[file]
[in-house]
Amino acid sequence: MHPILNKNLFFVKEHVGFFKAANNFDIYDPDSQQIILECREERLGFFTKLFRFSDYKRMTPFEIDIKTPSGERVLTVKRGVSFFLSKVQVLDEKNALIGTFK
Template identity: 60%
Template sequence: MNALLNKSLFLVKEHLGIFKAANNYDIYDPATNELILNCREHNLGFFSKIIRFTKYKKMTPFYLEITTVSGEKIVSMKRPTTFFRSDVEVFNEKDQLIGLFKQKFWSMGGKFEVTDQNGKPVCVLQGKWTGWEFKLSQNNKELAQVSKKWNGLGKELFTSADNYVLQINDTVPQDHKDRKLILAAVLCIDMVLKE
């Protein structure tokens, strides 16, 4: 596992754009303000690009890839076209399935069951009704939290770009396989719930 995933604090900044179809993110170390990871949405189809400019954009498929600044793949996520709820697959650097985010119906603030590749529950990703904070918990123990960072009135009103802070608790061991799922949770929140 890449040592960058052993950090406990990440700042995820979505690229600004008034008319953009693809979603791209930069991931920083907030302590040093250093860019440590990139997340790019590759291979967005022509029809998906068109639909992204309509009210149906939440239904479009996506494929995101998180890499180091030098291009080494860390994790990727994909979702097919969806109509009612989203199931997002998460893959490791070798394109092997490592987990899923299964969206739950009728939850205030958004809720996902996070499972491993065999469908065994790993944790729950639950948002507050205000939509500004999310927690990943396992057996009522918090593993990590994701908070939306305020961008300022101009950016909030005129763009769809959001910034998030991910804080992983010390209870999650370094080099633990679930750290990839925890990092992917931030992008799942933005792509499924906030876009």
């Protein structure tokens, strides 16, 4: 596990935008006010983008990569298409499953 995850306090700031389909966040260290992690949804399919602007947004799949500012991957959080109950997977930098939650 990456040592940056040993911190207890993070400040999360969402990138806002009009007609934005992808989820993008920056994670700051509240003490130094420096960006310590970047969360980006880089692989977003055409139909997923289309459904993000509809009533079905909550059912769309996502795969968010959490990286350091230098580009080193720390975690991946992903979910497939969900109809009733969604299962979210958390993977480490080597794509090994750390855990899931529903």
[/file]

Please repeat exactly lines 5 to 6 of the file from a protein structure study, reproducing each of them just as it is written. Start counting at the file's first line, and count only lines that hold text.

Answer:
């Protein structure tokens, strides 16, 4: 596992754009303000690009890839076209399935069951009704939290770009396989719930 995933604090900044179809993110170390990871949405189809400019954009498929600044793949996520709820697959650097985010119906603030590749529950990703904070918990123990960072009135009103802070608790061991799922949770929140 890449040592960058052993950090406990990440700042995820979505690229600004008034008319953009693809979603791209930069991931920083907030302590040093250093860019440590990139997340790019590759291979967005022509029809998906068109639909992204309509009210149906939440239904479009996506494929995101998180890499180091030098291009080494860390994790990727994909979702097919969806109509009612989203199931997002998460893959490791070798394109092997490592987990899923299964969206739950009728939850205030958004809720996902996070499972491993065999469908065994790993944790729950639950948002507050205000939509500004999310927690990943396992057996009522918090593993990590994701908070939306305020961008300022101009950016909030005129763009769809959001910034998030991910804080992983010390209870999650370094080099633990679930750290990839925890990092992917931030992008799942933005792509499924906030876009």
């Protein structure tokens, strides 16, 4: 596990935008006010983008990569298409499953 995850306090700031389909966040260290992690949804399919602007947004799949500012991957959080109950997977930098939650 990456040592940056040993911190207890993070400040999360969402990138806002009009007609934005992808989820993008920056994670700051509240003490130094420096960006310590970047969360980006880089692989977003055409139909997923289309459904993000509809009533079905909550059912769309996502795969968010959490990286350091230098580009080193720390975690991946992903979910497939969900109809009733969604299962979210958390993977480490080597794509090994750390855990899931529903």